Do you want to learn a new winter sport? You're probably split between skiing or snowboarding. Both activities are fantastic for losing weight and having fun, but many beginners don't know which is more straightforward.

In this blog post, we'll take a look at the skills skiing and snowboarding require and reveal the pros and cons of each so that you can make an informed decision about which one is right for you.

Let's dive in.

The Learn/Master Theory


If you've researched skiing and snowboarding, you'll most likely see the same common phrase everywhere; 'Skiing is easier to learn and harder to master. Snowboarding is harder to learn and easy to master.'

Many professionals agree with this theory, as skiing requires less coordination than snowboarding. While skiing, your feet are placed side-by-side on the skis (parallel) and move together down the mountain.

However, once you've learned the basics of skiing and can make parallel turns down most beginner slopes, the real challenge begins. At this point, skiing can be harder to master than snowboarding. Skiers often use their arms more for balance and control than snowboarders, which can be tiring after a long day on the slopes.

In contrast, even though it may be harder to learn at first, snowboarding can be easier to master in the long run. Once you've learned how to turn and stop, you can start linking turns together and carving down the slopes like a pro.

Of course, this is all dependent on the individual. Some people may find skiing easier than snowboarding and vice versa. We'd suggest trying both to see which works better for you so you can focus on building your skills.

Things To Consider

Consider Snowboarding

So now you know the basics of skiing and snowboarding, it's time to look at the factors that should contribute to your final decision. There's no right or wrong answer here because it's down to personal choice.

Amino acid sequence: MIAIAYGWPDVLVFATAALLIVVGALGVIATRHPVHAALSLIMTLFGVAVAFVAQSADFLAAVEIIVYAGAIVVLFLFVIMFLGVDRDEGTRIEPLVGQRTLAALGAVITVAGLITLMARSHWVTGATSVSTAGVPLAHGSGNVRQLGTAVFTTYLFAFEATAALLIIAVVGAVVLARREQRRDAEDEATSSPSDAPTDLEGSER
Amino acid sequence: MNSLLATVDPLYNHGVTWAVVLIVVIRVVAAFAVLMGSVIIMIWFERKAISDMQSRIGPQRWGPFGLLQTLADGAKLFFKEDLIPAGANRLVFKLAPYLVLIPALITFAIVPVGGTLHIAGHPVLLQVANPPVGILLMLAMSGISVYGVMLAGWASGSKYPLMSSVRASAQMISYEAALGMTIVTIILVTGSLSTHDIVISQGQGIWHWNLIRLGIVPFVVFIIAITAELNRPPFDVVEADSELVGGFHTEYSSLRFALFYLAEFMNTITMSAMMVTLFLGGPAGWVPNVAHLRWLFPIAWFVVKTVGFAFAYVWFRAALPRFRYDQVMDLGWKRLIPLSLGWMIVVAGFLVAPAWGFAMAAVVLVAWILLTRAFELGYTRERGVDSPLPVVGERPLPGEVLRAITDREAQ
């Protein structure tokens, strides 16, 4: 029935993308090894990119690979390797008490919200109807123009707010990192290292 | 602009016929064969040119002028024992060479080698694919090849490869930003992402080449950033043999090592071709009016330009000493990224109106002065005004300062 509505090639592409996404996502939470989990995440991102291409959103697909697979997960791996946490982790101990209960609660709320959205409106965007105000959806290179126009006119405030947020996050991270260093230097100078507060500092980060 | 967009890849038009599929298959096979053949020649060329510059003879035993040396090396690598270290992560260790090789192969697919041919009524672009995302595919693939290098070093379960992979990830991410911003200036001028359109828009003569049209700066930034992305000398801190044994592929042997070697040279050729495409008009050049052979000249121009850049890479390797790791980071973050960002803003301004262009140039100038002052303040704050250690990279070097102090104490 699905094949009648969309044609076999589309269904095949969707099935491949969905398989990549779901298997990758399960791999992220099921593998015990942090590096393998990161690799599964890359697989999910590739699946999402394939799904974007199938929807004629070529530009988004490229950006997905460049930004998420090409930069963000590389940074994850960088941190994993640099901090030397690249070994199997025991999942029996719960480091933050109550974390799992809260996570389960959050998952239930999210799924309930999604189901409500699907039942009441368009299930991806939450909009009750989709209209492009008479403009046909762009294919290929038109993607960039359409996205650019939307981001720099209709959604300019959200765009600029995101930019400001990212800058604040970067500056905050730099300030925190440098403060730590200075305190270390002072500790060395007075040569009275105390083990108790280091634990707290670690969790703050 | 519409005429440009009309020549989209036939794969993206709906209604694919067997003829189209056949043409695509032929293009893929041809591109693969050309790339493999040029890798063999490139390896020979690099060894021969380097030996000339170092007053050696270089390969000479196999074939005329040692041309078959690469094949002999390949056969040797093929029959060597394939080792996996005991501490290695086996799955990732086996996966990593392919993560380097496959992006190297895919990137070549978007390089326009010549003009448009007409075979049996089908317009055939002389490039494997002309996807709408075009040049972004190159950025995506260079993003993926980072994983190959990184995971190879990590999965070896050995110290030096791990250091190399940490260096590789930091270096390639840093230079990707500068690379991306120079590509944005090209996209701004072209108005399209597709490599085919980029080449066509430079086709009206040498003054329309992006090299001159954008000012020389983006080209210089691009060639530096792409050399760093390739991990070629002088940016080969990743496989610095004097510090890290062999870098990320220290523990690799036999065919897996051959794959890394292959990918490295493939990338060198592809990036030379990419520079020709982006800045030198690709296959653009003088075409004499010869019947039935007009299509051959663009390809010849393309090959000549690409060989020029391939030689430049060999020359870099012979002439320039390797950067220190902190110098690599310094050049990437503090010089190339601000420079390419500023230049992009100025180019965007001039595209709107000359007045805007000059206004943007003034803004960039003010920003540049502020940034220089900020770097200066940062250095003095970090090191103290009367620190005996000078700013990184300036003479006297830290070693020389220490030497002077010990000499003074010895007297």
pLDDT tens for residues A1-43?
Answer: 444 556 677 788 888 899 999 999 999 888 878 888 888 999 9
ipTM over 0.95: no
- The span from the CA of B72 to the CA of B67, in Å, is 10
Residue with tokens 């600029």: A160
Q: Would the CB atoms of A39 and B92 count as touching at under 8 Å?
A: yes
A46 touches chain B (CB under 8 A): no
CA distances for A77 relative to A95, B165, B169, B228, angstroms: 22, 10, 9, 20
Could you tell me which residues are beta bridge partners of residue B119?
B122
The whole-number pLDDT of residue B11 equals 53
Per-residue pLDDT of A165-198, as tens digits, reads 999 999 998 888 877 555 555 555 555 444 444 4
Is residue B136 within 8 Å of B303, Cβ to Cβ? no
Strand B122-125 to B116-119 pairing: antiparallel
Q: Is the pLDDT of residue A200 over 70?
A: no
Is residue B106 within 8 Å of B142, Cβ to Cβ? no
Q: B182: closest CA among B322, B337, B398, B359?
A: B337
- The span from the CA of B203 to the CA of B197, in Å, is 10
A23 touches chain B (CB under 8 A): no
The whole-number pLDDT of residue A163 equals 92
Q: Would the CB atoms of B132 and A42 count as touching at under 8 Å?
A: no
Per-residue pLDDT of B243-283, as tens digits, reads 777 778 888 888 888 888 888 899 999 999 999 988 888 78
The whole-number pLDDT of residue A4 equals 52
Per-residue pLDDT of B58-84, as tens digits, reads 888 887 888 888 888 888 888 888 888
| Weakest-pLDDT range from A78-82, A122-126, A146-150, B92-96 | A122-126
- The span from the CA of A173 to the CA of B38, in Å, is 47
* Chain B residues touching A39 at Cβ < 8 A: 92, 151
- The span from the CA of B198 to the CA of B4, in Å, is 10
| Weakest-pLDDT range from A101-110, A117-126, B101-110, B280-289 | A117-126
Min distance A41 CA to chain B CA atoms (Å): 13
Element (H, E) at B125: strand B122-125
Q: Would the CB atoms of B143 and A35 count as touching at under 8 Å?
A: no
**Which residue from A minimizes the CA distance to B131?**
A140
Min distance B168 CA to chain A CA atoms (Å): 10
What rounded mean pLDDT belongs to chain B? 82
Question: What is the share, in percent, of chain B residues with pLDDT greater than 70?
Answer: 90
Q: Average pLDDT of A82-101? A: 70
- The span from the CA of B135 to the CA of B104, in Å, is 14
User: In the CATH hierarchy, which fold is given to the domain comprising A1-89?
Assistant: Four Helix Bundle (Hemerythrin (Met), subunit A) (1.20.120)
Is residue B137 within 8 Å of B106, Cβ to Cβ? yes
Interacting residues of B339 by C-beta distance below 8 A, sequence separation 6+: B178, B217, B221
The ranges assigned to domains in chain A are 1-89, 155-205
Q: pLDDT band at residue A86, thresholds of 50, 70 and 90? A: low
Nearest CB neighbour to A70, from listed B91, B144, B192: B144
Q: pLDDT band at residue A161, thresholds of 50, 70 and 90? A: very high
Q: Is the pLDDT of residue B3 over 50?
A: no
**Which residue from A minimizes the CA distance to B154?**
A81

The Gear You Need

Another factor to consider when choosing between skiing or snowboarding is the gear required for each sport. For example, skiing involves a pair of skis, poles, and boots (all available for rent).

Snowboarding, on the other hand, requires a few more items. In addition to the snowboard, you'll need bindings to attach your boots to the board.

You might also want to purchase a helmet and some wrist guards for protection. And if you don't have your boots, you'll need to rent those too.

So if you're looking for a sport that doesn't require a lot of gear, skiing is probably the way to go.

Your Budget

The cost of skiing and snowboarding can also vary quite a bit. If you're planning on hitting the slopes regularly, it's worth investing in your gear to get the most out of it.

However, renting gear is probably your best bet if you're only planning on going on the odd occasion. Skis and snowboards can be expensive, so unless you're sure you'll use them often, it's not worth splurging on your own just yet.

When it comes to lift tickets, skiing and snowboarding typically cost the same amount. However, some resorts may offer discounts for one sport or the other, so it's worth doing your research before you book anything.